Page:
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From waste to biomethane, a circular revolution

From rubbish bins to the tanks of cars and buses: this is the second life of food waste, which from household kitchens returns to life after a long and complex production process to power private vehicles and public transport or for domestic use, ensuring benefits for the quality of the air and of the environment. Biofuel is indeed a new milestone for the Hera Group which, through its biomethane plant inaugurated in Emilia-Romagna, in S. Agata Bolognese (Bologna), continues on its path towards a circular economy, consolidating its leading position. Construction work on the plant began in April 2017 and in October 2018 biomethane started to flow into the network.

Hera has been producing biogas for some time to generate renewable electricity using biodigesters and landfills. But thanks to the new plant this biogas is refined to become, precisely, biomethane, a 100% renewable fuel.

Artistic photography Silvia Camporesi


Organic waste undergoes an anaerobic biodigestion process in the new plant built by Hera, the first multi-utility in Italy to construct one. In essence, the plant shreds screened waste and processes it for about 21 days in four horizontal, hermetically sealed digesters, in which micro-organisms anaerobically biodigest it to produce the biogas that, at a later stage, is refined (up-graded) by running through a counter-current of pressurised water. At this stage, the carbon dioxide is separated from the methane to obtain biomethane, a gas that is over 95% methane and that is an entirely renewable source.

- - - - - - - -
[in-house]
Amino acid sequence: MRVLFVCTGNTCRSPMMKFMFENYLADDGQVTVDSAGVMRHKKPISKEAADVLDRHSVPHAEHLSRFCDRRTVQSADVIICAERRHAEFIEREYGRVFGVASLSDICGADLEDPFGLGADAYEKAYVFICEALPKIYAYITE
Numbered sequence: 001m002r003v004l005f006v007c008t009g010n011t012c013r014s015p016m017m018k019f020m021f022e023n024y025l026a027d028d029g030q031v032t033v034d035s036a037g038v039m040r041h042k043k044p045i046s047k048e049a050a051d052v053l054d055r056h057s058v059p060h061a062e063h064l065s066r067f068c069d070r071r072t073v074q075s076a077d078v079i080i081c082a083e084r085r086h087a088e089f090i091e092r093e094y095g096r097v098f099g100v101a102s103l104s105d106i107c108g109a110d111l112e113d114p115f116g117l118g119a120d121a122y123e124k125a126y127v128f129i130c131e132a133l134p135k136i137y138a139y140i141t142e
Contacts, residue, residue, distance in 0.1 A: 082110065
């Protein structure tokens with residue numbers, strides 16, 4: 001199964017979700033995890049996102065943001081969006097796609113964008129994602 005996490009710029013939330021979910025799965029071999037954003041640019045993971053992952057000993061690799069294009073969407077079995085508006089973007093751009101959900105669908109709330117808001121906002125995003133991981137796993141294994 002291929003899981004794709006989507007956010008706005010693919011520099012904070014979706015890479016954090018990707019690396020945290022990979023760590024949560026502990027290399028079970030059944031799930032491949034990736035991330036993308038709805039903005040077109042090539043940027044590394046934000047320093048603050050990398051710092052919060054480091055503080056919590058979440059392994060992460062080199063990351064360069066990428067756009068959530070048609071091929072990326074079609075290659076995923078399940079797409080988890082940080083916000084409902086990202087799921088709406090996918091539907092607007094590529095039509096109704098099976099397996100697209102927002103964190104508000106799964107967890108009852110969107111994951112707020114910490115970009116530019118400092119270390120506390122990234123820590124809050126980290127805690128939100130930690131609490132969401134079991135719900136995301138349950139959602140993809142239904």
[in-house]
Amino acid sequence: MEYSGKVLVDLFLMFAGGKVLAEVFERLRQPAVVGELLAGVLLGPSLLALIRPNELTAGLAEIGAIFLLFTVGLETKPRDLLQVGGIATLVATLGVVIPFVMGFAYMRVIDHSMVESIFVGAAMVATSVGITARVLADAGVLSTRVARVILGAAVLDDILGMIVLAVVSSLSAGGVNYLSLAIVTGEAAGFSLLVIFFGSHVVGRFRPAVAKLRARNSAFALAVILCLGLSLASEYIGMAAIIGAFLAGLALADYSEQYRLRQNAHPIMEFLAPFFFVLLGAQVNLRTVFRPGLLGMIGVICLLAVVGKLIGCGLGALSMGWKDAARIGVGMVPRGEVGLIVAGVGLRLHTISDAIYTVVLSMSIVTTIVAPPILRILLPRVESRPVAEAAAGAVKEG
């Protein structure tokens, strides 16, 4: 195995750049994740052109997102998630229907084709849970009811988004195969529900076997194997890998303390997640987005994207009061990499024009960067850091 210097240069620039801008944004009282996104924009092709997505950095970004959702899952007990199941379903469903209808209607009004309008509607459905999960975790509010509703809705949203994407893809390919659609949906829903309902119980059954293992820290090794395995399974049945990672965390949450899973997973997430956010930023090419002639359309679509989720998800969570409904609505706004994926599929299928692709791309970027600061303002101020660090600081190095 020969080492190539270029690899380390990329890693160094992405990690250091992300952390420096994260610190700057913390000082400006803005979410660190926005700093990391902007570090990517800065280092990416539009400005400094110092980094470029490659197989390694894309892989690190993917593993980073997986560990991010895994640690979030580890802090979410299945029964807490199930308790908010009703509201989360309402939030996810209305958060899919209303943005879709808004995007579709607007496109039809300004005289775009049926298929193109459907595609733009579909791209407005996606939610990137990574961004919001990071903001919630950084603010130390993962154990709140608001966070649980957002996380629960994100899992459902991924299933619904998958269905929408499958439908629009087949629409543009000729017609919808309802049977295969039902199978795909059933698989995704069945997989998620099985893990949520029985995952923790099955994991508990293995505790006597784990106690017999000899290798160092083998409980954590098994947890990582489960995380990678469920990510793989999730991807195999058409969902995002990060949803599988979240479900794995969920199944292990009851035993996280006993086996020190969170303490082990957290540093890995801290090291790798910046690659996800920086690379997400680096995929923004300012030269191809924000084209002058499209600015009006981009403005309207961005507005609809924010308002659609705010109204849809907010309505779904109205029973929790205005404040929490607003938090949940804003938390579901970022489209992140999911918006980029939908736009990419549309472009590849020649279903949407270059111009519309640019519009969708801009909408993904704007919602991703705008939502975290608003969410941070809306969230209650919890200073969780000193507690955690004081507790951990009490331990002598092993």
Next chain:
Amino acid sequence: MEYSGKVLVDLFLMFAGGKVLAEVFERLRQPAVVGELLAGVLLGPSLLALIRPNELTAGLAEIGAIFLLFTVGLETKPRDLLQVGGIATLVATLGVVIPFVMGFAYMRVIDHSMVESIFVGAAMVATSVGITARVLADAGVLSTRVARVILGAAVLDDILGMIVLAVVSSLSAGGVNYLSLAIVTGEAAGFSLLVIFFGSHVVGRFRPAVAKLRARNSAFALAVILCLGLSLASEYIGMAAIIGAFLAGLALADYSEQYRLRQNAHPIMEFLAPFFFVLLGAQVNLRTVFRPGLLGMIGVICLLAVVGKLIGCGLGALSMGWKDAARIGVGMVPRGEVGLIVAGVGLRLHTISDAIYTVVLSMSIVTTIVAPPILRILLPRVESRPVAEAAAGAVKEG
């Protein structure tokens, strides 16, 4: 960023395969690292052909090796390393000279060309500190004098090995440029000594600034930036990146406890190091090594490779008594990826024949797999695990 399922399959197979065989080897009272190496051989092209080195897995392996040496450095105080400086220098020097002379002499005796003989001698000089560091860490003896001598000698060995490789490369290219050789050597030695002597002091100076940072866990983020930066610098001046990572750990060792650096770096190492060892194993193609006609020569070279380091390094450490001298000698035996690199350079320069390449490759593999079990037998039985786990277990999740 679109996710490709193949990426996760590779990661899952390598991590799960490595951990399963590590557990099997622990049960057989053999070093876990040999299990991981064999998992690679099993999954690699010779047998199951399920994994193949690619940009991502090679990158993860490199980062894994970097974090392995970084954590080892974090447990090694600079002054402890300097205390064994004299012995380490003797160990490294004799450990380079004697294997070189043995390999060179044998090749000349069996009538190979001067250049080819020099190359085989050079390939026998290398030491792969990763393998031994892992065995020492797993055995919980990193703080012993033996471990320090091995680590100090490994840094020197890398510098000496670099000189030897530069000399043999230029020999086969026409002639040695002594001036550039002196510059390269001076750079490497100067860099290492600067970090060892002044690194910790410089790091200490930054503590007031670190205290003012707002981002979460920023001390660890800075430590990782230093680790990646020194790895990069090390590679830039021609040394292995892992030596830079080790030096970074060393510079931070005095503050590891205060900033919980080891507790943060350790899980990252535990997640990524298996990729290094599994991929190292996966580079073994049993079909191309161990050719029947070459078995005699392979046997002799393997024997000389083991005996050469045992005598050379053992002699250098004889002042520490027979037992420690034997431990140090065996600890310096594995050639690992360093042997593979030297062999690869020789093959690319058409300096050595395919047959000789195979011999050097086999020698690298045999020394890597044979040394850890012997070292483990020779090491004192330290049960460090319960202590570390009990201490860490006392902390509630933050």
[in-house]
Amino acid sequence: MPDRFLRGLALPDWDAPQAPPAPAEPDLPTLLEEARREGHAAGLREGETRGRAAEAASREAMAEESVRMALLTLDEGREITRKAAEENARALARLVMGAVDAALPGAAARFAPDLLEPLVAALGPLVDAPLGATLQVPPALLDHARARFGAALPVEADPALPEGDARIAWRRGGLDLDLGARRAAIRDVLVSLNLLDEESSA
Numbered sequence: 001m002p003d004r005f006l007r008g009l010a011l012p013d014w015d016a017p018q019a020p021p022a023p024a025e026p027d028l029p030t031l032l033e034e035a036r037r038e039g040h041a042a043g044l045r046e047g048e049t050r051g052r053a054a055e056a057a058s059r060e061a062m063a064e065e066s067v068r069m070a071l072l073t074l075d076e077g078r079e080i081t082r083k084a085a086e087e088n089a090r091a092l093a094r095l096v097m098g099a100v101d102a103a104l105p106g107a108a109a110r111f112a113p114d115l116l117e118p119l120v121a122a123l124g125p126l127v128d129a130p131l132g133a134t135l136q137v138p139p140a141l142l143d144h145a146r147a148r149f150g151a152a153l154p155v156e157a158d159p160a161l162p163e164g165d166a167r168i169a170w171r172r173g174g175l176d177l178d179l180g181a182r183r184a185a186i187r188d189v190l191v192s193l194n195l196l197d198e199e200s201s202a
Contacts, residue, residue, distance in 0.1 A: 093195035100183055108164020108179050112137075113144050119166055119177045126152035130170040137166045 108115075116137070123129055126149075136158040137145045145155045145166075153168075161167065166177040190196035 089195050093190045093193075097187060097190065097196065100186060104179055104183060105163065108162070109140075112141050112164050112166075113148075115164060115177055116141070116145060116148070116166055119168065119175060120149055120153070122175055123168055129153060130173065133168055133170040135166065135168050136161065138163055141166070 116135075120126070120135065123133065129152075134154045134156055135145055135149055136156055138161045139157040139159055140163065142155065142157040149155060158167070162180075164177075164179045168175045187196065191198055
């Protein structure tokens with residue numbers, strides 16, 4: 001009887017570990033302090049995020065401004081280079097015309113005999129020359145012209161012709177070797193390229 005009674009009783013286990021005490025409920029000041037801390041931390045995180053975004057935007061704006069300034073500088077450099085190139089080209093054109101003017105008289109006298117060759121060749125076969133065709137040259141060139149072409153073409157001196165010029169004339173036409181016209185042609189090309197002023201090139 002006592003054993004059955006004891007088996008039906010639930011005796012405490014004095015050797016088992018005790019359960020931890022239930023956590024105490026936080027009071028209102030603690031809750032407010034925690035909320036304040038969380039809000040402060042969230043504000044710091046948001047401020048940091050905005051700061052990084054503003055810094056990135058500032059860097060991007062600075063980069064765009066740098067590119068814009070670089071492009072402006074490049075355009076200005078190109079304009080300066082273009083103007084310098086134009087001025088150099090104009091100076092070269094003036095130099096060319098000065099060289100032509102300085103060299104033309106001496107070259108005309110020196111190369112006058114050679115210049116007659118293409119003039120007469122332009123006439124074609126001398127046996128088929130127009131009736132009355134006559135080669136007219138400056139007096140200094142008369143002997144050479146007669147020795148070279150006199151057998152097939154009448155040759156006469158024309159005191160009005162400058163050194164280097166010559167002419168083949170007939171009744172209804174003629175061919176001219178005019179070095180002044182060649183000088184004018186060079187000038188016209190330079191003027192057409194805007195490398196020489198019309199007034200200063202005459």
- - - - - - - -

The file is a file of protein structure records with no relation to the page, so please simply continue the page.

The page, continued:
At the end of the anaerobic biodigestion process, other material is added to the resulting solid organic matter to obtain a compact mass that is sent to composting, to produce quality compost, which can be used as a fertiliser in agriculture or as potting soil.

At full capacity, on a yearly basis, 100,000 tonnes of organic waste from separate waste collection plus 35,000 tonnes of green waste and pruning material can be used to obtain 20,000 tonnes of compost and 7.5 million cubic metres of biomethane, avoiding the use of fossil fuel equal to over 6,000 tonnes of oil equivalent (toe) per year, and thus the release of 14,000 tonnes of CO2.

It is, therefore, an initiative that if replicated, can significantly contribute to Italy's energy strategy and to achieve the European 20-20-20 targets.


Time lapse video of Biomethane plant construction in S. Agata Bolognese

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Insieme facciamo la differenza!
REINVENTING THE CITY Regenerating resources to move to a society based on the circular economy
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SostenibilitÓ e Valore condiviso